We have written a few articles in the last couple of years about Monsanto poisons being sprayed on U.S. crops and farmland:
Glyphosphate (aka Roundup) is a broad spectrum herbicide, meant to kill weeds. Unfortunately glyphosphate is a poison. It is ending up in our foods. In addition, Monsanto has been genetically modifying seeds (GMO seeds) so that the crops can withstand ever-higher levels of their chemicals without dying in the field.
Whenever we write these articles, we usually have a group of angry (mostly Iowa farmers) flooding our FB post, proclaiming the necessity of using these poisons because it would be impossible to pull weeds on their 10,000 acre farms by hand.
Not only are these poisons affecting people, the latest science finds that glyphosphate is also killing off honey bees. Read the latest article about the honey bee study by the U. of Texas at Austin and the detailed publication appearing in this week’s “Proceedings of the National Academy of Sciences” . Monsanto of course denies this to be true and claims in the Guardian, “No large-scale study has found any link between glyphosate and the decline of the honeybee population.”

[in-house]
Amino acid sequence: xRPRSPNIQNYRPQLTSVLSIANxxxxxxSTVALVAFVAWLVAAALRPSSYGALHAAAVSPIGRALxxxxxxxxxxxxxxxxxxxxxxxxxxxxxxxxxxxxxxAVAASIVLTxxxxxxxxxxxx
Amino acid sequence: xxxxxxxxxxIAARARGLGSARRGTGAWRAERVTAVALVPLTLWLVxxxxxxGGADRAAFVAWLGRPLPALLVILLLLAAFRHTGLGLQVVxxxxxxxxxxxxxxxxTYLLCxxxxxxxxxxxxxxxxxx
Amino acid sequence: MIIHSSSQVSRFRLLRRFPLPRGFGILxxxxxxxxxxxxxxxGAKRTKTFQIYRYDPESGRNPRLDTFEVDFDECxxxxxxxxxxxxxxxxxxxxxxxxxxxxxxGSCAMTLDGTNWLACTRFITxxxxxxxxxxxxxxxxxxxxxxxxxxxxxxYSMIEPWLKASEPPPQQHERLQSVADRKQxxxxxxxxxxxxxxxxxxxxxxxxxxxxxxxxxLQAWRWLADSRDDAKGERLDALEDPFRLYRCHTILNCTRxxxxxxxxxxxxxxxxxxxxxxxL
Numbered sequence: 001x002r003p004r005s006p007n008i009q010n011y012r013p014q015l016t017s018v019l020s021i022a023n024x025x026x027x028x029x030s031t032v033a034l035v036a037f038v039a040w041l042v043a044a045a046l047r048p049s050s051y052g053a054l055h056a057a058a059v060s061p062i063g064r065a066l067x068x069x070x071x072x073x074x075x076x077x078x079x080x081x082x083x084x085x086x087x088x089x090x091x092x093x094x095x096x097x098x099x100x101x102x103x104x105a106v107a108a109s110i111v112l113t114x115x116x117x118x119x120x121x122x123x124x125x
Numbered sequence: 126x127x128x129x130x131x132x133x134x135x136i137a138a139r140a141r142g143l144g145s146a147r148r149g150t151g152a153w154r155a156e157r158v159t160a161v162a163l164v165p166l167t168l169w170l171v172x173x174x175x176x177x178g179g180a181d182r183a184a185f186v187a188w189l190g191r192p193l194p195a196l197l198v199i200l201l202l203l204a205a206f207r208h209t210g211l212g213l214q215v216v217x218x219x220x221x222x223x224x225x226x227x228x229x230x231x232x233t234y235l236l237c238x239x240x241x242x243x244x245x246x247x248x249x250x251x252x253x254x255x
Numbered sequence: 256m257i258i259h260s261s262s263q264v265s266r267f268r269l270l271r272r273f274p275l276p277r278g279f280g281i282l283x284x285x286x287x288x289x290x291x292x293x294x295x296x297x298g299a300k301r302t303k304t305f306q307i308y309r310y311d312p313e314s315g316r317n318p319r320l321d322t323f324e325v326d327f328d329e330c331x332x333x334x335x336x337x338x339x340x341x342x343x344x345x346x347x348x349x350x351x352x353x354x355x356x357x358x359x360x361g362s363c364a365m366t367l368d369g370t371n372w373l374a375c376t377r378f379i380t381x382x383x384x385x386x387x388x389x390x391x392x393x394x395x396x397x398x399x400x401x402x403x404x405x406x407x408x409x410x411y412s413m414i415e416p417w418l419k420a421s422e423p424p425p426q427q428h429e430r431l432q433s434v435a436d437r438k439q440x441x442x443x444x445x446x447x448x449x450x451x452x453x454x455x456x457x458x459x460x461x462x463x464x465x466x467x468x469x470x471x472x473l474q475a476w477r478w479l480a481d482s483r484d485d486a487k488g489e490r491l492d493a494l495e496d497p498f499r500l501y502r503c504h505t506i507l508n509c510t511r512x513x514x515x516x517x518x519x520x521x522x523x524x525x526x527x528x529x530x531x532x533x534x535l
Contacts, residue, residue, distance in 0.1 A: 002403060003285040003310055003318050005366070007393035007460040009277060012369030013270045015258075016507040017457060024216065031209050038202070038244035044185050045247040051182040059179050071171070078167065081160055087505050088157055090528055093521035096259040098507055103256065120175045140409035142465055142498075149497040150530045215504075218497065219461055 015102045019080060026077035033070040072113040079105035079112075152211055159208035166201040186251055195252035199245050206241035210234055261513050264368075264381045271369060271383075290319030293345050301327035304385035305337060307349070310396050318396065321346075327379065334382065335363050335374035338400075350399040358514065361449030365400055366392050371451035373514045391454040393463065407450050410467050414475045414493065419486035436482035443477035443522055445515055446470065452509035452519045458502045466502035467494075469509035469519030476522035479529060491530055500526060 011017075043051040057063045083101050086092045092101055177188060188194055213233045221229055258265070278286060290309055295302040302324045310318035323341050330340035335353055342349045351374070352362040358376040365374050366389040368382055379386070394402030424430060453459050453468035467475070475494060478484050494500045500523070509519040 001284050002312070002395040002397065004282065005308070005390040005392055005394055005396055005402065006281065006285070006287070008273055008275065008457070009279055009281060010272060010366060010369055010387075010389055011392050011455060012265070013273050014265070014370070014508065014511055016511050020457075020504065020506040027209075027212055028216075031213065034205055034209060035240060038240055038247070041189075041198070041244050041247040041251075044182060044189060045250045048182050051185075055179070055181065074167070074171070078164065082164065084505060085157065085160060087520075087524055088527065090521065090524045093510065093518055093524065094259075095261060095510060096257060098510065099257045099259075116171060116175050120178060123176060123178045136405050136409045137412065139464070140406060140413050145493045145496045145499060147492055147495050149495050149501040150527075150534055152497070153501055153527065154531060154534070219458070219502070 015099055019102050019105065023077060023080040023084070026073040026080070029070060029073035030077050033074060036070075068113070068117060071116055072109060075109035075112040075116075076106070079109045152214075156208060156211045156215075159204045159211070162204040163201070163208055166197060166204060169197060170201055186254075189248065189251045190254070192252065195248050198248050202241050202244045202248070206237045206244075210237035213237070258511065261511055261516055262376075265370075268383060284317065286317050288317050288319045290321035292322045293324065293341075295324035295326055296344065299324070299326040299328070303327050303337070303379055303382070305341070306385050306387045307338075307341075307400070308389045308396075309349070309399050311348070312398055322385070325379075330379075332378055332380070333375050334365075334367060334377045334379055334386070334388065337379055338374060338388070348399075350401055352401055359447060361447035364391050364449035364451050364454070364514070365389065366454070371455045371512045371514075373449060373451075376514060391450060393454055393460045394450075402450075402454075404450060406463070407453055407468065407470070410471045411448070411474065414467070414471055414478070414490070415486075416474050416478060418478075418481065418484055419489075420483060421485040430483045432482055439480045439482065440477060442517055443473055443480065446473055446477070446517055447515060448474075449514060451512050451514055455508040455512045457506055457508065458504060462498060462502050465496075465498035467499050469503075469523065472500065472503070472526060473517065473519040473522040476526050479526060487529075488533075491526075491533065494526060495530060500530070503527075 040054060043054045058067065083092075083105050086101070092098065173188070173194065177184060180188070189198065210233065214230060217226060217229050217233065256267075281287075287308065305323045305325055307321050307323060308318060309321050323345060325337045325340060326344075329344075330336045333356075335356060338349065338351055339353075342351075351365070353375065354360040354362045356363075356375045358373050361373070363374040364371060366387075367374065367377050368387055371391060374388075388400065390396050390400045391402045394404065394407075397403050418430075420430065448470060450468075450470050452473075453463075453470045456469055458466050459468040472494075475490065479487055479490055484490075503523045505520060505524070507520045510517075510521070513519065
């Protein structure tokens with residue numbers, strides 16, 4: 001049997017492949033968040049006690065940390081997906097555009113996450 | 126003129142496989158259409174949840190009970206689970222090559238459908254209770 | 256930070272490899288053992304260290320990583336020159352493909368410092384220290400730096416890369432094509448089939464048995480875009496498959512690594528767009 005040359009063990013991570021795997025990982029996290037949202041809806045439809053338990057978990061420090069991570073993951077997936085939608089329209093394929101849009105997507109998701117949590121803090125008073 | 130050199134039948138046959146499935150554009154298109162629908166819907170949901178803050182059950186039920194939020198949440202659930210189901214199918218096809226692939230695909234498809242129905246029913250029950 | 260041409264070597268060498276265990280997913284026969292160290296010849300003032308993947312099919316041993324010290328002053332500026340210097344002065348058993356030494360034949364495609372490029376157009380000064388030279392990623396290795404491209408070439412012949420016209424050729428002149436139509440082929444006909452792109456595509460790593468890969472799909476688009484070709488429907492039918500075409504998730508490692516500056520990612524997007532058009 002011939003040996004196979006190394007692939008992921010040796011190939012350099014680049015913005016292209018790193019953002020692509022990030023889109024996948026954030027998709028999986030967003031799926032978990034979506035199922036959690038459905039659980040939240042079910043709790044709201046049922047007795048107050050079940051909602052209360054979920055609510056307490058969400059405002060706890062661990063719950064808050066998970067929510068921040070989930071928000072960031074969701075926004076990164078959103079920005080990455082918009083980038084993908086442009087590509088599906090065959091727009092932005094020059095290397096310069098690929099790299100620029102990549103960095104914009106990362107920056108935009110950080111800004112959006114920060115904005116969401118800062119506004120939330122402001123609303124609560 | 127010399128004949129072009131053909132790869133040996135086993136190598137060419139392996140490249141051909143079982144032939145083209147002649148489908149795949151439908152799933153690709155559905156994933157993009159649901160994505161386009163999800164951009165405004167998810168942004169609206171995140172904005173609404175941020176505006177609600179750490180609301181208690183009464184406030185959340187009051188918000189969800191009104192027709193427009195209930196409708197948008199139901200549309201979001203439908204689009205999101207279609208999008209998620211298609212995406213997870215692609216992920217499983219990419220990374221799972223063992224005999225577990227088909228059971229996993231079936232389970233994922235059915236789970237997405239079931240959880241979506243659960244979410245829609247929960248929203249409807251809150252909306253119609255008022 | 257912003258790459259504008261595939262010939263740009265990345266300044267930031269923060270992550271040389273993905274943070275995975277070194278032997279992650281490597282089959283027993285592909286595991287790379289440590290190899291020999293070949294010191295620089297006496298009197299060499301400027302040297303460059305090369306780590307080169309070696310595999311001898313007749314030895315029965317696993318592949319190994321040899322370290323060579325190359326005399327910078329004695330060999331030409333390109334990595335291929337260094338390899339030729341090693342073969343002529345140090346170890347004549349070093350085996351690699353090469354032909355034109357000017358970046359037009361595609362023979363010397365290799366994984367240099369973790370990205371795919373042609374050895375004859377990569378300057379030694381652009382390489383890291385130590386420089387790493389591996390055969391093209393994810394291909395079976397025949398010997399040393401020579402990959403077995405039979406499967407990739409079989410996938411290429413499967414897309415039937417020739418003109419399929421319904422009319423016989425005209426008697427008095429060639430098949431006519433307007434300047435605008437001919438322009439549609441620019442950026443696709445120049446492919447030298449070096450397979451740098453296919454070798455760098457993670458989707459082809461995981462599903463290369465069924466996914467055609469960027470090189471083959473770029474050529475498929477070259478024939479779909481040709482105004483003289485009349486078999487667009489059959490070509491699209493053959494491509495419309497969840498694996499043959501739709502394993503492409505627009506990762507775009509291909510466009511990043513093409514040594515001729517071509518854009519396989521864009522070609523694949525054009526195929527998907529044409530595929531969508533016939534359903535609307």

People are known to widely consume glyphosate residues in food – such as children’s breakfast cereal – but the health impact is controversial. In August a US court ordered Monsanto to pay $289m in damages after a jury ruled that the weedkiller caused a terminally ill man’s cancer. The company (Monsanto) filed papers to dismiss the case on 19 September.
If you find this disturbing, take a trip with me underwater to the center of an extinct volcano at Santorini Island in Greece. During the 4 days of diving both inside and outside the cone, these grunts were the only fish observed. The dive leader was very excited to see any fish at all. In this case, the cause was natural chemicals oozing up from the center of the volcano making the waters uninhabitable to all but the hardiest of fish. I worry that this is now occurring to bees due to man-made Monsanto chemicals applied to our land.